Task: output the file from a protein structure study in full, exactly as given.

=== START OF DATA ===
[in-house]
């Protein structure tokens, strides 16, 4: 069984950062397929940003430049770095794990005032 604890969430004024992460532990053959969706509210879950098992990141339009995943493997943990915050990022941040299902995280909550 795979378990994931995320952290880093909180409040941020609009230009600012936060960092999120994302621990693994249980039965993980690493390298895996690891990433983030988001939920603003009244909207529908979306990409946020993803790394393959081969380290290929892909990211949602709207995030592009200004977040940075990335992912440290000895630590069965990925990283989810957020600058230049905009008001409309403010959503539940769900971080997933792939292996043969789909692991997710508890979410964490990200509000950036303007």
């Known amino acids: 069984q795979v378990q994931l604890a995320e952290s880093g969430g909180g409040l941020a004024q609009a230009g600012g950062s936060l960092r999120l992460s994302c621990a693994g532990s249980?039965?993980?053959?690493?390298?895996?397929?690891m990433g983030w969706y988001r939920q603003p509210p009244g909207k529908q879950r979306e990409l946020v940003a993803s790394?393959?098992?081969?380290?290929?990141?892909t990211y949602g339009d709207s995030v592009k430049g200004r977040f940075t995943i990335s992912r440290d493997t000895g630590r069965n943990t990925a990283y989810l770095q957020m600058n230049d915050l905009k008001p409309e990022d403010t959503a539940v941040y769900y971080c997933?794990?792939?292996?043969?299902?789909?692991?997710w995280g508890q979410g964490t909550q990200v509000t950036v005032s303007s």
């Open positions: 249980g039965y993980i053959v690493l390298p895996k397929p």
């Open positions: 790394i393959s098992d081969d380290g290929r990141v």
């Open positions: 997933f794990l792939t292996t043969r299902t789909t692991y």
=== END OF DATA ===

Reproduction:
[in-house]
């Protein structure tokens, strides 16, 4: 069984950062397929940003430049770095794990005032 604890969430004024992460532990053959969706509210879950098992990141339009995943493997943990915050990022941040299902995280909550 795979378990994931995320952290880093909180409040941020609009230009600012936060960092999120994302621990693994249980039965993980690493390298895996690891990433983030988001939920603003009244909207529908979306990409946020993803790394393959081969380290290929892909990211949602709207995030592009200004977040940075990335992912440290000895630590069965990925990283989810957020600058230049905009008001409309403010959503539940769900971080997933792939292996043969789909692991997710508890979410964490990200509000950036303007």
């Known amino acids: 069984q795979v378990q994931l604890a995320e952290s880093g969430g909180g409040l941020a004024q609009a230009g600012g950062s936060l960092r999120l992460s994302c621990a693994g532990s249980?039965?993980?053959?690493?390298?895996?397929?690891m990433g983030w969706y988001r939920q603003p509210p009244g909207k529908q879950r979306e990409l946020v940003a993803s790394?393959?098992?081969?380290?290929?990141?892909t990211y949602g339009d709207s995030v592009k430049g200004r977040f940075t995943i990335s992912r440290d493997t000895g630590r069965n943990t990925a990283y989810l770095q957020m600058n230049d915050l905009k008001p409309e990022d403010t959503a539940v941040y769900y971080c997933?794990?792939?292996?043969?299902?789909?692991?997710w995280g508890q979410g964490t909550q990200v509000t950036v005032s303007s």
């Open positions: 249980g039965y993980i053959v690493l390298p895996k397929p």
């Open positions: 790394i393959s098992d081969d380290g290929r990141v």
């Open positions: 997933f794990l792939t292996t043969r299902t789909t692991y």